Palladium vs Nickle vs other catalyzer energy densities?

  • I've been reviewing some prototypes of LENR energy modules that various companies have mentioned that they would release. It seems to me that using Palladium instead of nickle produces higher energy output from the same size of the device. Take for example Deneum vs Rossi's E-cat or Universal Gravity which uses lithium and hydrogen. Per size comparison, you can get 15 kW from Universal Gravity's Lithium catalyzer, 25kW from the E-cat nickle catalyzer, and 250kW from Deneum's device.


    My question is that isn't the most logical choice to go with the catalyzer with the highest energy density? And if so, why isn't everyone going for the highest energy density compound to use for their respective devices?

  • There are a lot of factors rather than just energy output. Here are a few in no particular order..


    Practicality of preparation and gas/electrolytic loading , ease of triggering, cost, toxicity, availability, durability in service, ease of containment (molten lithium for example is an escaper), thermal conductivity in bulk.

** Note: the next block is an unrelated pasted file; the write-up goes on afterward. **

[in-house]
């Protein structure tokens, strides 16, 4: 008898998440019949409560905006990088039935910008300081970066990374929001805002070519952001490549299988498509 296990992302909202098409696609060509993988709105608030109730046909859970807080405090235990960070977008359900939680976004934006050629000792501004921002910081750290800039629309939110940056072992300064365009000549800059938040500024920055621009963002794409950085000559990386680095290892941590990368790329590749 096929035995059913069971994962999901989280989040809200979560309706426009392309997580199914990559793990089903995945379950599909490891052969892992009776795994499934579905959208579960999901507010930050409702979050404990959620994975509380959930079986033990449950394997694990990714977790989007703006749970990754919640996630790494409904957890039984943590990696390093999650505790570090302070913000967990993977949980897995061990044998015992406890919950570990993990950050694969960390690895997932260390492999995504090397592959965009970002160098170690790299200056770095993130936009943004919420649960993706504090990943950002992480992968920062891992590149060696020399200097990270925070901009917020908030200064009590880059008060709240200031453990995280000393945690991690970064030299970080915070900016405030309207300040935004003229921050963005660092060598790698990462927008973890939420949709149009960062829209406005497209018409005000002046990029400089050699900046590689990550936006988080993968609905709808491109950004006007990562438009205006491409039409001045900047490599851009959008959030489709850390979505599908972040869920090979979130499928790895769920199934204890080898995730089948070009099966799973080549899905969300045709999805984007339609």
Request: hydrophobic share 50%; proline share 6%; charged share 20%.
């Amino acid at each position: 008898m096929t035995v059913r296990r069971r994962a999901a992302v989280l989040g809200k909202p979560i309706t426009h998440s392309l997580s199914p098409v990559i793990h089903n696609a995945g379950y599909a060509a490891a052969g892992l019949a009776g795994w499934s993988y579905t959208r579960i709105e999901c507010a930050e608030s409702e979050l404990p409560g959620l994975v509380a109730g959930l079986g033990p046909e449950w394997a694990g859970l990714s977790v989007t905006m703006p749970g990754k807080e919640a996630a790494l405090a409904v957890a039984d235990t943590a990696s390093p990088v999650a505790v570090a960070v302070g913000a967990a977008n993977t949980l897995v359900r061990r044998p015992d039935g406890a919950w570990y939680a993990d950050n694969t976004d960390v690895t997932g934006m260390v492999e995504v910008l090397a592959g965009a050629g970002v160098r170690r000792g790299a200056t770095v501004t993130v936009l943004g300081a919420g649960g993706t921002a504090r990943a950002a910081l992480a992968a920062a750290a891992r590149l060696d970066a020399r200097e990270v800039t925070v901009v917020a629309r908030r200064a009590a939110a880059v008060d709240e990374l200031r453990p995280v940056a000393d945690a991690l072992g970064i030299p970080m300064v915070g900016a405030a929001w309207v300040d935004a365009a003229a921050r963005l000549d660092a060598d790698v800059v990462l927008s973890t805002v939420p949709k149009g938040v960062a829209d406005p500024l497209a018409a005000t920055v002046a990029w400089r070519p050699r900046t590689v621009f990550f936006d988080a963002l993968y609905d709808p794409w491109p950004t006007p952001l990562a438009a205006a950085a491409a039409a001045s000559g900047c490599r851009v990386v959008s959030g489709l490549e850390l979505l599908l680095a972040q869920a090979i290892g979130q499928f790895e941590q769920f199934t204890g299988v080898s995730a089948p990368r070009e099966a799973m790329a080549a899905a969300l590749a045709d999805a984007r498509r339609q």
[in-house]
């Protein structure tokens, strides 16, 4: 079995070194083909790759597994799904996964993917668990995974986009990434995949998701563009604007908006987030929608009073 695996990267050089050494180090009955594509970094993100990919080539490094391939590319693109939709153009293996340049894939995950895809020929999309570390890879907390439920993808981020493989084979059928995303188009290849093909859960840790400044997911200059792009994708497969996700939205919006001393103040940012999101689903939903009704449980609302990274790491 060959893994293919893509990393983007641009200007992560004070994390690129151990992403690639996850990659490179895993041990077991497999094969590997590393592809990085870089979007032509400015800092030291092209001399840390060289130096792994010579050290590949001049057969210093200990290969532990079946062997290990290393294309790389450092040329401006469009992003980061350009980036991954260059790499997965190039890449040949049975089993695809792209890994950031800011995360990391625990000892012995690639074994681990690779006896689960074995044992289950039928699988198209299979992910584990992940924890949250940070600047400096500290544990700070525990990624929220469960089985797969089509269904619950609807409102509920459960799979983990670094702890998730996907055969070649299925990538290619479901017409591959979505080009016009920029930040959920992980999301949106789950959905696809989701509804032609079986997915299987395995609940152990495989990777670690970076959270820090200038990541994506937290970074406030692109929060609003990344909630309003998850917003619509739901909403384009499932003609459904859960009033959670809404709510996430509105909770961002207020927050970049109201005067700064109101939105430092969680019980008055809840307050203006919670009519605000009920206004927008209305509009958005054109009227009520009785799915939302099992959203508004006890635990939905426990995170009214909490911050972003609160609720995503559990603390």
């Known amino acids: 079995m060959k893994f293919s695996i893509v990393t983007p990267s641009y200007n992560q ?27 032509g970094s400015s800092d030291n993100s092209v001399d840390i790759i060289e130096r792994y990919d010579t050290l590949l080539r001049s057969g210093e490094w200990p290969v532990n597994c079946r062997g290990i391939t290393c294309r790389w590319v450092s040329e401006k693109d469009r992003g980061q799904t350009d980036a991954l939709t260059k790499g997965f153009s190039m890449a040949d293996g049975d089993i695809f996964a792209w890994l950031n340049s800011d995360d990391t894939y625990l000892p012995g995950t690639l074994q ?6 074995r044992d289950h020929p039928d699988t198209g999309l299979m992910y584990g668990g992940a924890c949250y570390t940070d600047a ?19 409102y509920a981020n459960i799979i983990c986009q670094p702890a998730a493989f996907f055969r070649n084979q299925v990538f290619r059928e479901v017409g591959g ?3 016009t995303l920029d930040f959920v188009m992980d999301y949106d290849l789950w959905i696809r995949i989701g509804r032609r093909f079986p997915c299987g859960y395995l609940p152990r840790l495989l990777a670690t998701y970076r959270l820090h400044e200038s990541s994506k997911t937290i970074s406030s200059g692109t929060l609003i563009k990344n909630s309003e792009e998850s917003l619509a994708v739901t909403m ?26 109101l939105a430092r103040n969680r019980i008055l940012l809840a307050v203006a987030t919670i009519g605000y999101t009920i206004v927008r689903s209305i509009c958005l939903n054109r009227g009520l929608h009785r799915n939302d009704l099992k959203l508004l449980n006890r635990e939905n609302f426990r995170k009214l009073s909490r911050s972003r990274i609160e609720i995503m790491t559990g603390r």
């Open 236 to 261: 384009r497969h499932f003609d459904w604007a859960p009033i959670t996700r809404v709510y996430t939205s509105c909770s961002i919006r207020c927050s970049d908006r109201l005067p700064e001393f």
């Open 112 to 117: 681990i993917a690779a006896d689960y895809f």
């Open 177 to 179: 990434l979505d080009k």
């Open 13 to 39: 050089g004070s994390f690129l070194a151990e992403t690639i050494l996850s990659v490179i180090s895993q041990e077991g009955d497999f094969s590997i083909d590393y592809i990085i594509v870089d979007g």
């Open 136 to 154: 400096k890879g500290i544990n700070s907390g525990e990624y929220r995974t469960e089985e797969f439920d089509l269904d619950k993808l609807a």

There may be m,ore.

  • There are a lot of factors rather than just energy output. Here are a few in no particular order..


    Practicality of preparation and gas/electrolytic loading , ease of triggering, cost, toxicity, availability, durability in service, ease of containment (molten lithium for example is an escaper), thermal conductivity in bulk.


    There may be m,ore.

    Applying the all important KISS method of keeping it simple, which I've been assuming this whole time that you have been following, then isn't palladium the logical choice to use wrt. to energy and heat production?

  • KISS method of keeping it simple


    To keep it simple a COP of 5.0 is necessary if you are using electricity as the input energy for general consumer applications such as spaceheating.


    Of course if someone invents something that just requires thermalheating as the prime input then a COP of much closer to 1.0 is useful.


    At a COP of 2.0 (for electricity) you lose money fast if its nickel and faster if its palladium


    To get a COP higher than 2.0 and a continuous, reliable , safe etc (as Alan stated) is not a simple matter... no one has done it yet.